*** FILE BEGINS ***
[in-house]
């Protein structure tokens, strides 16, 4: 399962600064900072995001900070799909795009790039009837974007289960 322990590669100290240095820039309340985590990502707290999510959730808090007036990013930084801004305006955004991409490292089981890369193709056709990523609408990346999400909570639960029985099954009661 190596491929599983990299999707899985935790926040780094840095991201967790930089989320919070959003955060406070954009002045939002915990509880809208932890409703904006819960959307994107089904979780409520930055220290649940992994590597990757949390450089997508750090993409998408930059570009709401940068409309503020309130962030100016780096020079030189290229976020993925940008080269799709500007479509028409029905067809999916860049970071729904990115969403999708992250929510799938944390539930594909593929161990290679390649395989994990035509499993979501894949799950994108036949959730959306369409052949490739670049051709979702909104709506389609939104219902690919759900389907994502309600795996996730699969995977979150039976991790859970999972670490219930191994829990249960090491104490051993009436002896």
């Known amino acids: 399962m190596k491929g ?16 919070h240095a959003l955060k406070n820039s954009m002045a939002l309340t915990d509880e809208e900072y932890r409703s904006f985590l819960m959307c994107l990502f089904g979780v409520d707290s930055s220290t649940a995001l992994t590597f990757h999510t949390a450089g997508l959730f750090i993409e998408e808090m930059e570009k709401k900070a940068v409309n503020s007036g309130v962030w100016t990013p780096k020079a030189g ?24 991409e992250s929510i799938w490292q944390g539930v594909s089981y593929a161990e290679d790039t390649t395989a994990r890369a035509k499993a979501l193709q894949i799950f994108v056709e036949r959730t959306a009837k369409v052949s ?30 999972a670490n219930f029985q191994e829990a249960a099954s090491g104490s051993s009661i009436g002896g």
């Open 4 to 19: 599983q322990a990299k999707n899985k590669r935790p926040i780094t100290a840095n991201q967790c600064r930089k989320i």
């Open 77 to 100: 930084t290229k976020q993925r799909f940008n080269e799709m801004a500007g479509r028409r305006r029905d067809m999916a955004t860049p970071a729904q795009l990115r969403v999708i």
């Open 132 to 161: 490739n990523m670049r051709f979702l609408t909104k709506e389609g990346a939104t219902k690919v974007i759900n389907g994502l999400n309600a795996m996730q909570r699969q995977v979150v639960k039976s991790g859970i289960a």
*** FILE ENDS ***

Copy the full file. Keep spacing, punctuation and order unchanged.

[in-house]
């Protein structure tokens, strides 16, 4: 399962600064900072995001900070799909795009790039009837974007289960 322990590669100290240095820039309340985590990502707290999510959730808090007036990013930084801004305006955004991409490292089981890369193709056709990523609408990346999400909570639960029985099954009661 190596491929599983990299999707899985935790926040780094840095991201967790930089989320919070959003955060406070954009002045939002915990509880809208932890409703904006819960959307994107089904979780409520930055220290649940992994590597990757949390450089997508750090993409998408930059570009709401940068409309503020309130962030100016780096020079030189290229976020993925940008080269799709500007479509028409029905067809999916860049970071729904990115969403999708992250929510799938944390539930594909593929161990290679390649395989994990035509499993979501894949799950994108036949959730959306369409052949490739670049051709979702909104709506389609939104219902690919759900389907994502309600795996996730699969995977979150039976991790859970999972670490219930191994829990249960090491104490051993009436002896």
């Known amino acids: 399962m190596k491929g ?16 919070h240095a959003l955060k406070n820039s954009m002045a939002l309340t915990d509880e809208e900072y932890r409703s904006f985590l819960m959307c994107l990502f089904g979780v409520d707290s930055s220290t649940a995001l992994t590597f990757h999510t949390a450089g997508l959730f750090i993409e998408e808090m930059e570009k709401k900070a940068v409309n503020s007036g309130v962030w100016t990013p780096k020079a030189g ?24 991409e992250s929510i799938w490292q944390g539930v594909s089981y593929a161990e290679d790039t390649t395989a994990r890369a035509k499993a979501l193709q894949i799950f994108v056709e036949r959730t959306a009837k369409v052949s ?30 999972a670490n219930f029985q191994e829990a249960a099954s090491g104490s051993s009661i009436g002896g």
């Open 4 to 19: 599983q322990a990299k999707n899985k590669r935790p926040i780094t100290a840095n991201q967790c600064r930089k989320i």
């Open 77 to 100: 930084t290229k976020q993925r799909f940008n080269e799709m801004a500007g479509r028409r305006r029905d067809m999916a955004t860049p970071a729904q795009l990115r969403v999708i």
């Open 132 to 161: 490739n990523m670049r051709f979702l609408t909104k709506e389609g990346a939104t219902k690919v974007i759900n389907g994502l999400n309600a795996m996730q909570r699969q995977v979150v639960k039976s991790g859970i289960a």